(This piece was published in August’s edition of The Holland Times, right before it was revealed that Timmermans would be appointed as an EU Vice President in Jean-Claude Juncker’s new commission.)
Recent weeks have seen the profile of Minister of Foreign Affairs Frans Timmermans gain widespread attention internationally, much of it in light of his sensitive handling of the MH17 tragedy in the eyes of the world’s media. Considering much of the attention garnered by those holding a political rank is generally of a critical nature, it has made a refreshing change to see Mr Timmermans bring about a renewed sense of positivity in politics. The Holland Times examines the rise of Mr Timmermans and how he uses social platforms to communicate his political message.
A member of the Partij van de Arbeid (PvdA), Mr Timmermans was born in 1961 in Maastricht, attended elementary school in Belgium and then high school in Italy, moves which presumably provided the basis for his linguistic aptitude; Mr Timmermans speaks fluent English, German, French, Italian and Russian.
Mr Timmermans had a solid but relatively low-key start to his career when, in 1987, he became an official at the Ministry of Foreign Affairs in The Hague. In 1990, he was appointed Second Embassy Secretary at the Dutch embassy in Moscow.
After a brief period back in The Hague, Mr Timmermans became a member of the staff of then European Commissioner Hans van de Broek. He later became advisor and private secretary to the High Commissioner on National Minorities for the Organization for Security and Co-operation in Europe (OSCE). From 1998, he was a member of the House of Representatives for the PvdA, a capacity within which he dealt principally with foreign affairs.
In the fourth Balkenende government, Mr Timmermans was Minister for European Affairs. After the fall of that government he returned as the PvdA’s spokesperson on foreign policy. In November 2012, Mr Timmermans was appointed Minister of Foreign Affairs in the Rutte-Asscher government.
What makes Timmermans so appealing to Dutch and international media seems to be his honesty and directness in addressing political issues. He has often stressed his view that politics must be addressed to the public in a transparent manner and often touches on cornerstones of popular culture to get his point across in an clear manner. Mr Timmermans is an avid Facebook user, often shunning traditional press releases in favour of a direct status update to his 190,000 followers. In recent weeks he has used the page to highlight his love of Bruce Springsteen, inform people on the outcome of meetings related to the MH17 tragedy and declare support for International Women’s Day.
In 2013, he gave a speech at the Google Zeitgeist conference in London that referenced one of the most popular fantasy series of recent years, George R.R. Martin’s Game of Thrones, and compared its themes to those of current European politics:
“Game of Thrones sort of captures the Zeitgeist more than anything else I’ve seen,” said Mr Timmermans. “One of the most important catch phrases of the series is ‘winter is coming.’ And ‘winter is coming’ in the series means a lot of different things to different people. ‘Winter is coming’ to some means, you know, ‘Hide because hard times are coming, we can’t do anything about it, and the only thing we can do is hide away.’ For others, it means: ‘winter is coming, that’s an opportunity to show how strong we are, because we — in this case, the Starks in the series — we are wolves and wolves are best when they are challenged and winter is a challenging time and will give us an opportunity to be better.’”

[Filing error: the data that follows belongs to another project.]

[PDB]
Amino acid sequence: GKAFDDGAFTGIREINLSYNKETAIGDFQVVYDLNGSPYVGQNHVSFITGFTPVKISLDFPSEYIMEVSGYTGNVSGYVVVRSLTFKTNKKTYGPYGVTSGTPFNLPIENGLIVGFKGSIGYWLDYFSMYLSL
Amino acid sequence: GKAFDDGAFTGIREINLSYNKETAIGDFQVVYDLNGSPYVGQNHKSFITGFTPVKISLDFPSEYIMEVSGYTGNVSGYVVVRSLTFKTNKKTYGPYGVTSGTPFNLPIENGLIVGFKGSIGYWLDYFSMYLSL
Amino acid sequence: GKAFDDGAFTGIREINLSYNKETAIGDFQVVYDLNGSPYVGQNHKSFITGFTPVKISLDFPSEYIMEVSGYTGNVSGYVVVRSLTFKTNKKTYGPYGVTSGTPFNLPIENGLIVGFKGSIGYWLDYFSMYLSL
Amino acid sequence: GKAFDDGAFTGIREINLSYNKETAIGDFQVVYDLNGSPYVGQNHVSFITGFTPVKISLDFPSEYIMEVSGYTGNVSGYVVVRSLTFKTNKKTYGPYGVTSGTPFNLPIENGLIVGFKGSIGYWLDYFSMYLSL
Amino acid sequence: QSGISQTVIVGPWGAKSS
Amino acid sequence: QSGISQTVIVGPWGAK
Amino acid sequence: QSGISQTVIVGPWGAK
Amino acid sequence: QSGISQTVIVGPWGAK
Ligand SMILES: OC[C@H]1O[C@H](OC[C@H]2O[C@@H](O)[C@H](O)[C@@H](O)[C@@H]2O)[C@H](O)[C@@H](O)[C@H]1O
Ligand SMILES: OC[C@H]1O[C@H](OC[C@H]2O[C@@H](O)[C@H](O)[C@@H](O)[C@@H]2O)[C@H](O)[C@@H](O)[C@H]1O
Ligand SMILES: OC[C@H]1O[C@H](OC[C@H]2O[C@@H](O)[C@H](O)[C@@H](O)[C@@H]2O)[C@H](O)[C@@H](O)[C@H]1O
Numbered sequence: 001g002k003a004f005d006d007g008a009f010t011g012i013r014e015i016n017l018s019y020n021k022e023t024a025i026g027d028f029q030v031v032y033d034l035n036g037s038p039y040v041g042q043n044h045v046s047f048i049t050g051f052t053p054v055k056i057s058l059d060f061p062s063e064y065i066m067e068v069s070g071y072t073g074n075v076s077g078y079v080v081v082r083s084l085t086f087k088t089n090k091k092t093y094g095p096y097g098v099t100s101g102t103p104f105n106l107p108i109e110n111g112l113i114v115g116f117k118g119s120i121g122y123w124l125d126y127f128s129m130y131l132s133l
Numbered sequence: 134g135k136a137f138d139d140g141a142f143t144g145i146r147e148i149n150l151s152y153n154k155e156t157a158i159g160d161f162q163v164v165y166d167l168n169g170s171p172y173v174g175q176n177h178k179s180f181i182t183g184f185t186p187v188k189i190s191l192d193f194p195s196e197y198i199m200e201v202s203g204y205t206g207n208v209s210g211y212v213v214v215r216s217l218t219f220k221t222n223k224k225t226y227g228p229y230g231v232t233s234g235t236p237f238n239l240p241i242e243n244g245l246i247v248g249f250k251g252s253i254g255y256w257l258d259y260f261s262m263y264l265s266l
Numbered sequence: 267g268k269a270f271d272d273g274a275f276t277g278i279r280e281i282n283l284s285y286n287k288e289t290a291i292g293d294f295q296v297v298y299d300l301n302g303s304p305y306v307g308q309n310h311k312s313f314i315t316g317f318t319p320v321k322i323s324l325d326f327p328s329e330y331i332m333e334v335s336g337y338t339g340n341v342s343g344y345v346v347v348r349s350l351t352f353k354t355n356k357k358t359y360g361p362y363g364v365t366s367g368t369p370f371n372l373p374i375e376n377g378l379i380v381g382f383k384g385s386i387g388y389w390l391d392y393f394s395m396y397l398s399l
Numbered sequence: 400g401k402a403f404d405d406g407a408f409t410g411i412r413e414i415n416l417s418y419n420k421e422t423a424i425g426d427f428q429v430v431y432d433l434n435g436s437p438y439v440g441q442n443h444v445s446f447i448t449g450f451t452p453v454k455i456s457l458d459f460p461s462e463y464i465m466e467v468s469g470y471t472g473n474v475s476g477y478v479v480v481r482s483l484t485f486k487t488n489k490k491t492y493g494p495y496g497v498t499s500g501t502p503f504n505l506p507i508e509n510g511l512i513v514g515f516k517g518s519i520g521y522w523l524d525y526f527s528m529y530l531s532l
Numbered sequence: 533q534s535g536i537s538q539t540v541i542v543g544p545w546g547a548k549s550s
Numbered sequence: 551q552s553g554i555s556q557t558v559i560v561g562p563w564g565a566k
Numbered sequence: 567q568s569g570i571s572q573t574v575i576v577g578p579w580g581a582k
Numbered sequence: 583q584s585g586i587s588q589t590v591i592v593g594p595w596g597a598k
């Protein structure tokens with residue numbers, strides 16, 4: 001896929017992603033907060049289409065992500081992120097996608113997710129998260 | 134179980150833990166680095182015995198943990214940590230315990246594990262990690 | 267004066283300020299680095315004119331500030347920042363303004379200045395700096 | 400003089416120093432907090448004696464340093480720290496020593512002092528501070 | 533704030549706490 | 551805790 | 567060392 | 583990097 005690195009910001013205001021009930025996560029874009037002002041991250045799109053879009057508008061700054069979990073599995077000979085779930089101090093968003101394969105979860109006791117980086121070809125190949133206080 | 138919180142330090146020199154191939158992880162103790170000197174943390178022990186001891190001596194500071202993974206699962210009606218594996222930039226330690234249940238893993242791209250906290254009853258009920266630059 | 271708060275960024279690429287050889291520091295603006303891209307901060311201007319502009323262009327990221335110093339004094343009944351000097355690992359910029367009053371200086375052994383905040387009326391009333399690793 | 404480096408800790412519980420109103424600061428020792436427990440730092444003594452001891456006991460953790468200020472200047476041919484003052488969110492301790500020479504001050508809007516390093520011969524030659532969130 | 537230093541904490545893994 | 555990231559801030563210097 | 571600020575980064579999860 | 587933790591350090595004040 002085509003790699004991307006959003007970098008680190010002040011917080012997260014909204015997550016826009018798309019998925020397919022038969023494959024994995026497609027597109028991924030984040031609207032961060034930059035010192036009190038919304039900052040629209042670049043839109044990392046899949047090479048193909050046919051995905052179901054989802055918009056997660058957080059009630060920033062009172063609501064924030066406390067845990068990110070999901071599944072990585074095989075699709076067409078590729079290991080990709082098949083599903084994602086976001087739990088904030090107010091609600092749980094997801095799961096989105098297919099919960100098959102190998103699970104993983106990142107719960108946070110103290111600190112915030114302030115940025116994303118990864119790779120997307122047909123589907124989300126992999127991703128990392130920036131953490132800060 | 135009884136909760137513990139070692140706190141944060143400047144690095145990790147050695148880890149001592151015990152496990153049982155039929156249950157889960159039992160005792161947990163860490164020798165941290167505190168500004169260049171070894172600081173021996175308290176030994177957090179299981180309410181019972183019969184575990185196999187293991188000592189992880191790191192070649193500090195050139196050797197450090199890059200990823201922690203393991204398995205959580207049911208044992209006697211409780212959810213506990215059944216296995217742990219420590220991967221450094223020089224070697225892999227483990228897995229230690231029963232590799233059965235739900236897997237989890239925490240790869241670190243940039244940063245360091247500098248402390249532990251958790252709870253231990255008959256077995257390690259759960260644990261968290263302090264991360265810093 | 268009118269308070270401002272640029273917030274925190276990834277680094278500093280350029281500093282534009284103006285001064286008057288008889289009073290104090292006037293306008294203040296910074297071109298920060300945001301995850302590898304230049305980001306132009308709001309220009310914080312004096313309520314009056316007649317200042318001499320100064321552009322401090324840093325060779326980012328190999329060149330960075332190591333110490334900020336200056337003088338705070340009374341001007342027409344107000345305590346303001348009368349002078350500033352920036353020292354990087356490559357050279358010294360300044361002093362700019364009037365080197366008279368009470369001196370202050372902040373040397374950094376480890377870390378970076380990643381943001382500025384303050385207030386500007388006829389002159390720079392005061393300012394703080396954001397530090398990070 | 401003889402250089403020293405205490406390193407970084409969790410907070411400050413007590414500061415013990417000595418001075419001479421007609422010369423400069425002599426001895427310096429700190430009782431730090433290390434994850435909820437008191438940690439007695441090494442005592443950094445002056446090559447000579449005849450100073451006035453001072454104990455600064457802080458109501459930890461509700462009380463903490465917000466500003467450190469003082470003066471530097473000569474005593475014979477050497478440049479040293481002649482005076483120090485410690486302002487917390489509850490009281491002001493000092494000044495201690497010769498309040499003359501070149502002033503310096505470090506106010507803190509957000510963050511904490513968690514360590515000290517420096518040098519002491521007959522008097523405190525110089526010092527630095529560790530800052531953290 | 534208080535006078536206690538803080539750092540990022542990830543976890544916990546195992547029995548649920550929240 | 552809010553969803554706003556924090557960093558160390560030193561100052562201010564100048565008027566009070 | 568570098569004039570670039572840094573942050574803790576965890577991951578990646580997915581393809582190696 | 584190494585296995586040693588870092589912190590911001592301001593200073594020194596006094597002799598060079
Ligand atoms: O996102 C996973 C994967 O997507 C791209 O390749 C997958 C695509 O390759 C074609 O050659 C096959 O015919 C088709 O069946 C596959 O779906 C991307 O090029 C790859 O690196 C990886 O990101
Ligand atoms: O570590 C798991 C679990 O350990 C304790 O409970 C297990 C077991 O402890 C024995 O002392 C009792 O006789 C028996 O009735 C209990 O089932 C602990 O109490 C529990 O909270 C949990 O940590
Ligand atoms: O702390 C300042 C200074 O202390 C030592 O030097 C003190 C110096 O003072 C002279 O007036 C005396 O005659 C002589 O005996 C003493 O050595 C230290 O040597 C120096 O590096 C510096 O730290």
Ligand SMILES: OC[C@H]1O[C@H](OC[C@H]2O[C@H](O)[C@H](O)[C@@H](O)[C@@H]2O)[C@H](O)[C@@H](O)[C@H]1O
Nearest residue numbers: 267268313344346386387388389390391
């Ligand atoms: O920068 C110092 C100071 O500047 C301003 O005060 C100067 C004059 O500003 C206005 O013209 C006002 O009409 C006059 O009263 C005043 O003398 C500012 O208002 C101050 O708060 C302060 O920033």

Following his TEDxAmsterdam speech in 2009, Mr Timmermans gave an interview with TED and when asked what the Dutch Parliament could learn from the structure of TED talks, where a speaker presents an idea to a captive audience on a generally inspirational topic, Mr Timmerman replied: “Politicians who are able to make their point within 18 minutes, without looking at their notes, or chasing away their public – would really make a difference. Politics does not communicate [to] the way people want to be addressed.”
Regardless of whether you view him as a rare specimen – an honest politician – or as a clever user of social media and a gifted reader of public sentiment, the directness of Mr Timmerman’s words speak to people in ways that political rhetoric often does not. In his now widely shared United Nations address on the MH17 crash, Mr Timmermans appealed to the humanity of his fellow politicians “Just for one minute, I want to say that I am not addressing you as representatives of your countries, but as husbands and wives, fathers and mothers, just imagine… To my dying day, I will not understand why it took so long for rescue workers to be allowed to do their difficult jobs. For remains to be used in a political game? If someone around this table talks about a political game, this is it, this is the political game, it has been played with human remains and it is despicable.”
With words as strong as that in a time of great human distress, it is easy to see why Mr Timmermans is being welcomed as a refreshing alternative to a what is commonly perceived to be a distant political elite.